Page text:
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Throwback Thursday: Reckless Rudolph vs. Sensible Sam

Screen Shot 2014-08-08 at 2.56.03 PMScreen Shot 2014-08-08 at 2.56.31 PMStep into the time machine and buckle up (of course). It’s time to head back to 1935 for an informative film about safe driving.

“We Drivers” combines simple, kitschy animation with live action to show the “devil” (Reckless Ralph) and “angel” (Sensible Sam) who sit on our shoulders and encourage us/egg us on while we drive. Reckless Rudolph wants us to drive fast through the school zone, but Sensible Sam reminds us that there might be kids around. Reckless Ralph wants us to push through to the next town even though we’re sleepy. Sensible Sam tells us to get a motel room (even if that means Sensible Sam shares a bed with us… Really, that’s in there.)

Besides awesome vintage cars, a lack of seatbelts, and predictably bad acting, there’s also a rather terrifying giant-human personification of momentum. In other words: It’s a must-see!

A Rental Car Adventure

We sometimes rent a minivan while on vacation.  Most of the time, it’s uneventful.  Rent.  Drive.  Return.  No problems, no hassles.  A year ago, we flew to Sarasota for beach time at our favorite vacation destination on Anna Maria Island.  We got a good deal through Costco from a popular rental car enterprise.  But last year, it went differently.  Rent.  Drive. Return.  Hassle.  Hassle. Hassle.  Hassle. Hassle.  Hassle. Hassle.  Hassle. Hassle.  Hassle. Hassle.  Hassle.  12 months of Hassle.

It’s a very, very long story, but I’ll try to make it just plain long.  When we returned the van, an agent with amazing eyesight spotted a small paint scrape under the coating of dirt.  It was literally less than the size of a dime on the front bumper, likely from someone getting too close in a parking lot.  He deemed it to be over $250 to repair, therefore they would need me to go to the counter for an hour to fill out forms in triplicate and pay the deposit.

The next few months spawned an epic in incompetence by the rental car agency’s “Damage Recovery Unit”.  I was eventually assigned a case manager, “Jeff”.  His job was apparently a pretty easy one: to ignore almost all correspondence completely.  I imagine the case manager at my credit card company had the same issue, as they’d often tell me I needed to make sure the rental car agency had received their information and payments because they could not get any response.

The best part was when the all powerful DRU sent photos to my credit card company.  It was obviously an entirely different vehicle, as the damage was extensive all the way down to the lower ground effects on the front end.   Since I had no proof, I opted not to make an issue of it and hope the credit card insurance would handle it.  They did.  Ultimately, they paid $800 to the rental car agency, presumably negotiated down from the requested amount.  I thought it was over.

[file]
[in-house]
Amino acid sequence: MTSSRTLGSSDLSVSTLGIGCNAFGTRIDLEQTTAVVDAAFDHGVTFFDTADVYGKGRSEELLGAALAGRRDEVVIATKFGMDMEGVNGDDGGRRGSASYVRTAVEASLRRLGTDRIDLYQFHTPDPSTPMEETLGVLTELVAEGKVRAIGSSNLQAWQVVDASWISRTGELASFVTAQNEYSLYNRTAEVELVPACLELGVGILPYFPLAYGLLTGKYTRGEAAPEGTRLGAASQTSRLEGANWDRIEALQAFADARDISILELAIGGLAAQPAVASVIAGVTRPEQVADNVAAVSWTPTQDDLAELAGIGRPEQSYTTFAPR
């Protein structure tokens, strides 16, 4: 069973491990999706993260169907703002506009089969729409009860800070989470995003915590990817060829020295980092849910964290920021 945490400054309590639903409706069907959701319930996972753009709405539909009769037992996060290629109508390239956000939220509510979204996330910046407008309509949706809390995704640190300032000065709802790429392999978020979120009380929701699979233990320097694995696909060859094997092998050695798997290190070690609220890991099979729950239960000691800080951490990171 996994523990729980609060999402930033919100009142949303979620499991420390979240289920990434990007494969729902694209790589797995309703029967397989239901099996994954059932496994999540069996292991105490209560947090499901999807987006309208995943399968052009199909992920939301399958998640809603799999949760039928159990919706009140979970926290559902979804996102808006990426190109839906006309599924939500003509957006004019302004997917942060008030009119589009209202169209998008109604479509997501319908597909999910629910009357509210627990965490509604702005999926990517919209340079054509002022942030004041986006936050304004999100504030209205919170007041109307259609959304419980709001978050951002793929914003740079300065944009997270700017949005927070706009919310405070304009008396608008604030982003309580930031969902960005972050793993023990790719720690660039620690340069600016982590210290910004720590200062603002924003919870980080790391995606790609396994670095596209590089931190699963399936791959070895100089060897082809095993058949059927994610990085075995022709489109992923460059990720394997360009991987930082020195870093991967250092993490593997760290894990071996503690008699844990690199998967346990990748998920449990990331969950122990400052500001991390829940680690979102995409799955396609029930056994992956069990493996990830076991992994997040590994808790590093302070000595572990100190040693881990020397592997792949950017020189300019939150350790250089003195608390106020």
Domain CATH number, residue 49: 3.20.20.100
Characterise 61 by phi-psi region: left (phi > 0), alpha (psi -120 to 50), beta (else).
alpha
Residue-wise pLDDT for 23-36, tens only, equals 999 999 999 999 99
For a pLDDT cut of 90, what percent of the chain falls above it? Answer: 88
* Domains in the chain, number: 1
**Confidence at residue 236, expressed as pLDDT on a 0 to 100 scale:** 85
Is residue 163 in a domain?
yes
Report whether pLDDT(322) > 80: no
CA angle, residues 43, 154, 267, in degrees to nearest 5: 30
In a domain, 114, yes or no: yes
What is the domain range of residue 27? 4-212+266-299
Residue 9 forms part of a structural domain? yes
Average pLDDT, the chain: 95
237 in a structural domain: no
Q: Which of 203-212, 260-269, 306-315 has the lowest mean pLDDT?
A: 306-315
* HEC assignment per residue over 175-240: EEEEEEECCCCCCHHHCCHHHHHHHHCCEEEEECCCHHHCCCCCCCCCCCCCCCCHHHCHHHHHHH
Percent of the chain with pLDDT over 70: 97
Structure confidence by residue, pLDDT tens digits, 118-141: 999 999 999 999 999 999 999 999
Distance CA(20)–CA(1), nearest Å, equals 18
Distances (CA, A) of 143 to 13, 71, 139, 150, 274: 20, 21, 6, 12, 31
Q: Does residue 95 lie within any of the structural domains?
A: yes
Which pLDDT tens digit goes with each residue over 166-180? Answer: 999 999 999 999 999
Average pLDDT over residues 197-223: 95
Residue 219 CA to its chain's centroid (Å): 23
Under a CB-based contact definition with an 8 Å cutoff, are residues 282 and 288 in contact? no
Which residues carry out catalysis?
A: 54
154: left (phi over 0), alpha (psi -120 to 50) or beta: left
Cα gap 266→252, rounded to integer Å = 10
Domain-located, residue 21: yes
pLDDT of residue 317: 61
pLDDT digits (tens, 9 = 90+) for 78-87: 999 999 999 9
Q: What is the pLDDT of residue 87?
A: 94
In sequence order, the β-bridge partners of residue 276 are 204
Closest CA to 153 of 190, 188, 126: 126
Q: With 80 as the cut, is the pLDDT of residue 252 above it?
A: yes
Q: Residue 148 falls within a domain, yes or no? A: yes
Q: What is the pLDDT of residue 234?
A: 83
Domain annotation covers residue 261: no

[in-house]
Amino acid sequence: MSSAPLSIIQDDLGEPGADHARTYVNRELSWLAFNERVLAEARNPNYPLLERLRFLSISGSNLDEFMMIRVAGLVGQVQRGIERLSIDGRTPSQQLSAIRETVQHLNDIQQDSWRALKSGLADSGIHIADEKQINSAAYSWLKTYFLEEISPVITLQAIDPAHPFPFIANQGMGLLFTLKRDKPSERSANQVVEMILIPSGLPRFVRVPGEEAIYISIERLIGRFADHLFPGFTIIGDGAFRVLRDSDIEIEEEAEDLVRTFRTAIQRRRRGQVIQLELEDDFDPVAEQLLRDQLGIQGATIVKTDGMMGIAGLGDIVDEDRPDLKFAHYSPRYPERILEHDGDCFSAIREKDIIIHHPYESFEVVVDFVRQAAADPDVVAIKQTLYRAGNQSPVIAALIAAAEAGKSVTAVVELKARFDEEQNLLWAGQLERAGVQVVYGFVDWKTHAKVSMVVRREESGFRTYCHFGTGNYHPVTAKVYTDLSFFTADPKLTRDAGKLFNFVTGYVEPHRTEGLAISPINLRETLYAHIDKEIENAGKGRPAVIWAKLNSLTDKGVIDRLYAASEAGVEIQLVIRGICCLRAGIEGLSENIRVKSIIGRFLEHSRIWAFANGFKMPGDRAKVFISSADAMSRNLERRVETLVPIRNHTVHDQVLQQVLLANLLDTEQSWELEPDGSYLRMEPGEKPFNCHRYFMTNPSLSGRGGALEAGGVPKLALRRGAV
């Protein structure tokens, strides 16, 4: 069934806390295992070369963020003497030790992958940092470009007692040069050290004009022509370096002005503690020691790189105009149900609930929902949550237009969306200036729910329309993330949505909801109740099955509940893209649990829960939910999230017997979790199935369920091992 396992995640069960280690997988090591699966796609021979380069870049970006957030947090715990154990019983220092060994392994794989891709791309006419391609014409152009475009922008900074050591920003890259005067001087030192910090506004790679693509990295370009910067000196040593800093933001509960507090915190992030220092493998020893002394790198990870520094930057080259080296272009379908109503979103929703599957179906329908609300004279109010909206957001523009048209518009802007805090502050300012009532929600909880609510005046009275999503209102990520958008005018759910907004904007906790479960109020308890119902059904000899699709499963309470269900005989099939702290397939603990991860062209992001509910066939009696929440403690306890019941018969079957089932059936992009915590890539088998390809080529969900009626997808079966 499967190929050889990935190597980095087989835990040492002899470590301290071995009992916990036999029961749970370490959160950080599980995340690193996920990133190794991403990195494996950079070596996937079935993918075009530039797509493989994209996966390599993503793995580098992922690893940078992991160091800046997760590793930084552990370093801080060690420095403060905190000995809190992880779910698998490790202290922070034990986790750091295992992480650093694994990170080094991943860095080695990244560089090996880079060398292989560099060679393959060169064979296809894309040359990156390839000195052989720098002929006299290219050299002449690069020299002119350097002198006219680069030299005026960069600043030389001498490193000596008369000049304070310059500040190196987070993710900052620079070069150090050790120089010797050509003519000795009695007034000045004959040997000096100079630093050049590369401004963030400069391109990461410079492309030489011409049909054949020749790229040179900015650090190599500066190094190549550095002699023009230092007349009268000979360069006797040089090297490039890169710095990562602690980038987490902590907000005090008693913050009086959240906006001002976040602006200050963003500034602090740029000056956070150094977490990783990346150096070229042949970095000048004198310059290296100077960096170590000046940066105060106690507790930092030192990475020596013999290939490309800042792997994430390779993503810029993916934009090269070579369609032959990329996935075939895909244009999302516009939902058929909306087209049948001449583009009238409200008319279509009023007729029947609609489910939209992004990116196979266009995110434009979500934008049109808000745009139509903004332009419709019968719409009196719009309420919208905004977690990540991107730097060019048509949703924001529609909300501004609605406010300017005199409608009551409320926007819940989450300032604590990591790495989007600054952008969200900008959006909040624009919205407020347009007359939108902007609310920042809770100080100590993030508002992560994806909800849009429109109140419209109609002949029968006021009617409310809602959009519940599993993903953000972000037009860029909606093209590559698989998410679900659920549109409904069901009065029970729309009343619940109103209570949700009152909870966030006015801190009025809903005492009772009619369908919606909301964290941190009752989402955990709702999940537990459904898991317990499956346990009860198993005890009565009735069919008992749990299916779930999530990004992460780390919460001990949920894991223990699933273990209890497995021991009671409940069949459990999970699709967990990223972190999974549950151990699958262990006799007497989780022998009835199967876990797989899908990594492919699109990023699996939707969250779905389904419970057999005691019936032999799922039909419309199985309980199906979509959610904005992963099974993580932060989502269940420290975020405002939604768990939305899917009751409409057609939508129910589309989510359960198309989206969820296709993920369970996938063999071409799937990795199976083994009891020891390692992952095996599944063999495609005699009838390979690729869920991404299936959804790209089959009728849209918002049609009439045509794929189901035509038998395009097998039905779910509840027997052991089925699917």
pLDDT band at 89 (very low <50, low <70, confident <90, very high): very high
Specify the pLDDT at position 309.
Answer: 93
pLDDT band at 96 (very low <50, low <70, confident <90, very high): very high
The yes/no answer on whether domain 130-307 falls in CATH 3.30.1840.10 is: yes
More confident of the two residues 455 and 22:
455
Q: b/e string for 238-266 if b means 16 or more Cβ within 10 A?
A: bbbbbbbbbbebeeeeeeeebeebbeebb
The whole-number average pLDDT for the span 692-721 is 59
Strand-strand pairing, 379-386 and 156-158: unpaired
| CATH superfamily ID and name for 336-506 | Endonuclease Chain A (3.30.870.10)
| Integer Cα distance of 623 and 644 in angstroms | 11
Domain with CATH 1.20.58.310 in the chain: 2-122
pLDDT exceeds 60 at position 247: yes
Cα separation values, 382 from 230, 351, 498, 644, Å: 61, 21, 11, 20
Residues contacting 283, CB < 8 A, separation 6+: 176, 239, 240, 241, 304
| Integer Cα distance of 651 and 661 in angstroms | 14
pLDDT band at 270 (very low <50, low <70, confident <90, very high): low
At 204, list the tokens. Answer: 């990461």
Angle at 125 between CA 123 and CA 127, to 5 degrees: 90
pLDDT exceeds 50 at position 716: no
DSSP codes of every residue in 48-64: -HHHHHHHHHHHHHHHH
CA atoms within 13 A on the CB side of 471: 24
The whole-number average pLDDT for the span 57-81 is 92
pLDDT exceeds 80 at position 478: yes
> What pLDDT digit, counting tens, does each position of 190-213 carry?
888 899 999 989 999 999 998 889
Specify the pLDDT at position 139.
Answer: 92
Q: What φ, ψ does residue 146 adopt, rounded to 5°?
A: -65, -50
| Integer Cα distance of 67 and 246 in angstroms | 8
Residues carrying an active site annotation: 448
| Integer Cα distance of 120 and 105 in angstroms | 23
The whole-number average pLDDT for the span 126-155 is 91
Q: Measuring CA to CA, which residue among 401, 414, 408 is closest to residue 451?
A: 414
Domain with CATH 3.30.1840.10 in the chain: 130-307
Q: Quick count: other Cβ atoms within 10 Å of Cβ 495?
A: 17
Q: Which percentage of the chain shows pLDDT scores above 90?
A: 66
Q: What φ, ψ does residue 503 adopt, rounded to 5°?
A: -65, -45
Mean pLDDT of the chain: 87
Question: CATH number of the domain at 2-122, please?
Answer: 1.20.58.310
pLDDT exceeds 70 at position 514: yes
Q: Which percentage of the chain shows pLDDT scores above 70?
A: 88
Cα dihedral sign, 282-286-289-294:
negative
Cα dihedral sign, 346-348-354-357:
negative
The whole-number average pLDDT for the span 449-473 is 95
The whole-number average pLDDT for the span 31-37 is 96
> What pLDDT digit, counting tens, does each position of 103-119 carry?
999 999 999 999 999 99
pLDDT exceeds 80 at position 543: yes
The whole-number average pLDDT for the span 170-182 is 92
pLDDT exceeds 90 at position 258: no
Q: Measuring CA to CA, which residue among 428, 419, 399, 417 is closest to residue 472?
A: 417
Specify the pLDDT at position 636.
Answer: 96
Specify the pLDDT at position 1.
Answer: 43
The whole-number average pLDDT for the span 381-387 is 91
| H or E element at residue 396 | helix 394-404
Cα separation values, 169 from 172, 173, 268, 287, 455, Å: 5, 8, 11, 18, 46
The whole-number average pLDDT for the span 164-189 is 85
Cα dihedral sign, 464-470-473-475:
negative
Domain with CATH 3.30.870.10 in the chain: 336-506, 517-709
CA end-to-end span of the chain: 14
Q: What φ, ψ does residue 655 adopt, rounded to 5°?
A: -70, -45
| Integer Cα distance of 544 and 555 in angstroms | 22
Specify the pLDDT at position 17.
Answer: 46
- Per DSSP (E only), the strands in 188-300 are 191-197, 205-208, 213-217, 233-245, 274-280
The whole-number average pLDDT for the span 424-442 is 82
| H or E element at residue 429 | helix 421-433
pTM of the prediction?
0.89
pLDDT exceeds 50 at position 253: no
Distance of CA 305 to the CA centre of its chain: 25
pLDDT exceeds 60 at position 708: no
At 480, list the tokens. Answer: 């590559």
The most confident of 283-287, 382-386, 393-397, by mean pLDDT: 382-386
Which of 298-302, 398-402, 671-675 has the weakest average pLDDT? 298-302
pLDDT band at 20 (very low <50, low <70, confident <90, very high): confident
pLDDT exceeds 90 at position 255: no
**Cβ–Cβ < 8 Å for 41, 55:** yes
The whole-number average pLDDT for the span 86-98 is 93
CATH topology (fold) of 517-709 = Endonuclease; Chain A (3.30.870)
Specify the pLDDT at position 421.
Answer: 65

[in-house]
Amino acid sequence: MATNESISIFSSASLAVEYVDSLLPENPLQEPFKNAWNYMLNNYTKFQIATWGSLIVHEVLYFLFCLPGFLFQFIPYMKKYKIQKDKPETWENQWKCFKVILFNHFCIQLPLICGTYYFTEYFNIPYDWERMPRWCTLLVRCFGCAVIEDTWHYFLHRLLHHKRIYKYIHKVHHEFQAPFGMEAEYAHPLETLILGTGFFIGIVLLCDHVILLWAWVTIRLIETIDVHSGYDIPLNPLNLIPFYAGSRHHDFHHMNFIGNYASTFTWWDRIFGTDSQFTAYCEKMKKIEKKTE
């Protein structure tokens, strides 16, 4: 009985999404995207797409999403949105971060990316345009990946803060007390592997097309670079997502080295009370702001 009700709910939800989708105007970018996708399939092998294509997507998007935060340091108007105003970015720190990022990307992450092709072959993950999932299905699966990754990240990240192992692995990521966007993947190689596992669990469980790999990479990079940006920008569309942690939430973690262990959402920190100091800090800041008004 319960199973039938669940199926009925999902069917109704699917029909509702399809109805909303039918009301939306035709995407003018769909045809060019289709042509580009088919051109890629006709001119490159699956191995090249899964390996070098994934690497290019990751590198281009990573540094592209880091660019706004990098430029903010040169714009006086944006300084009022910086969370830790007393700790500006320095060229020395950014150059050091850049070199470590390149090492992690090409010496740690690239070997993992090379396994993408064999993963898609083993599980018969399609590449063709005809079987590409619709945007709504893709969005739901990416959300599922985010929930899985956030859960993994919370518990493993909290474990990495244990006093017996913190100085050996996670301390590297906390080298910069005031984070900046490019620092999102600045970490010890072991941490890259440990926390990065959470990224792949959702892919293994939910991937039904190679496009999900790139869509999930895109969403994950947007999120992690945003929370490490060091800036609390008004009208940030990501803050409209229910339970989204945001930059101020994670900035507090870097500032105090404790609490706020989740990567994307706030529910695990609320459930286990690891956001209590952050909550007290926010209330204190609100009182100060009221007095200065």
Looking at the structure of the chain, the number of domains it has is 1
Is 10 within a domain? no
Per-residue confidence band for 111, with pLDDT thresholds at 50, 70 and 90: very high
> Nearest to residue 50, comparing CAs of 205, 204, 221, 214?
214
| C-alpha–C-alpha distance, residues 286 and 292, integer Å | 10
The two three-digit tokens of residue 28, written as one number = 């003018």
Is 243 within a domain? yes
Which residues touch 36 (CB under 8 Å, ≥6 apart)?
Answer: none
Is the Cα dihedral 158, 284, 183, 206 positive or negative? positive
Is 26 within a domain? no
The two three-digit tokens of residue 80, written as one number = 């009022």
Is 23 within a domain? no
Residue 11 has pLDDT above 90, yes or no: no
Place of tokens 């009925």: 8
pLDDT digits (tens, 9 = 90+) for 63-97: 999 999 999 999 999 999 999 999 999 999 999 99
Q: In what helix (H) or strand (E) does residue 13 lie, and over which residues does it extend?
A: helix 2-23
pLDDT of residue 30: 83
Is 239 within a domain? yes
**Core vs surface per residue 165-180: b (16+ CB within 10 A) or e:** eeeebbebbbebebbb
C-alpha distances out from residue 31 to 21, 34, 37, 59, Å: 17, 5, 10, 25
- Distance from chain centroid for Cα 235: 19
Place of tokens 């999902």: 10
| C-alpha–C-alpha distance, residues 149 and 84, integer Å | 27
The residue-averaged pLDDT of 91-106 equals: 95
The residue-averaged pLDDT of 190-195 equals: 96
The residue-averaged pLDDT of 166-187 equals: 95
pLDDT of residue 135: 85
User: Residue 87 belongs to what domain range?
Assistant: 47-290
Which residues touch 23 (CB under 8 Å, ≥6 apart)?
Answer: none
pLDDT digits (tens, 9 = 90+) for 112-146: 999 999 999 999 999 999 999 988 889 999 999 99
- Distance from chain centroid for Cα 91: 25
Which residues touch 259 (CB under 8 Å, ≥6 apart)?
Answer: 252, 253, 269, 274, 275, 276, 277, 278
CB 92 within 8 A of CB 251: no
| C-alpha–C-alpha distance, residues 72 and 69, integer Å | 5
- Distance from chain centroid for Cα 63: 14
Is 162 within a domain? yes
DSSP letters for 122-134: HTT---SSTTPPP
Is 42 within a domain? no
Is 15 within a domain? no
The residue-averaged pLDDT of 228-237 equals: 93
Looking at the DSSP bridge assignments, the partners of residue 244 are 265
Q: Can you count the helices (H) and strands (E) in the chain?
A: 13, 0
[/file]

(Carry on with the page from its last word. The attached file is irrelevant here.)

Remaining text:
Months later,  I received a check for $250 from the rental car agency.  I had no idea what it was for.  I emailed a few times, but no response from the case manager, as usual.  A couple months later, I cash the check.  A couple months after that, I finally hear from my case manager at the DRU.  He demanded $250 from me, claiming I owed a return of the deposit refund check I had been sent.  He says the credit card agency had contested the original deposit and never paid it.  I wondered why they even sent the check so many months later if they knew this.  So, I asked for any proof of the charge and reversal, along with an invoice that indicated the claim would be paid in full and closed upon my payment.  You guessed it.  No response.  I emailed again a couple weeks later, no response.  Then again, this time, with “Urgent Status” and “Return Receipt”.  I did get the receipt, but never a response.  And again a few weeks ago for the last time.

I didn’t want to get on the rental car black list (Google it), so the last email was copied to the “claimfeedback” email included in their auto-responses.  I was quite surprised that I quickly received an apologetic email and a phone call.  This agent was friendly and responsive and within an hour had confirmed I owed them no money and emailed me a letter indicating the claim was paid in full.  She apologized for the obvious lack of communication from the other agent.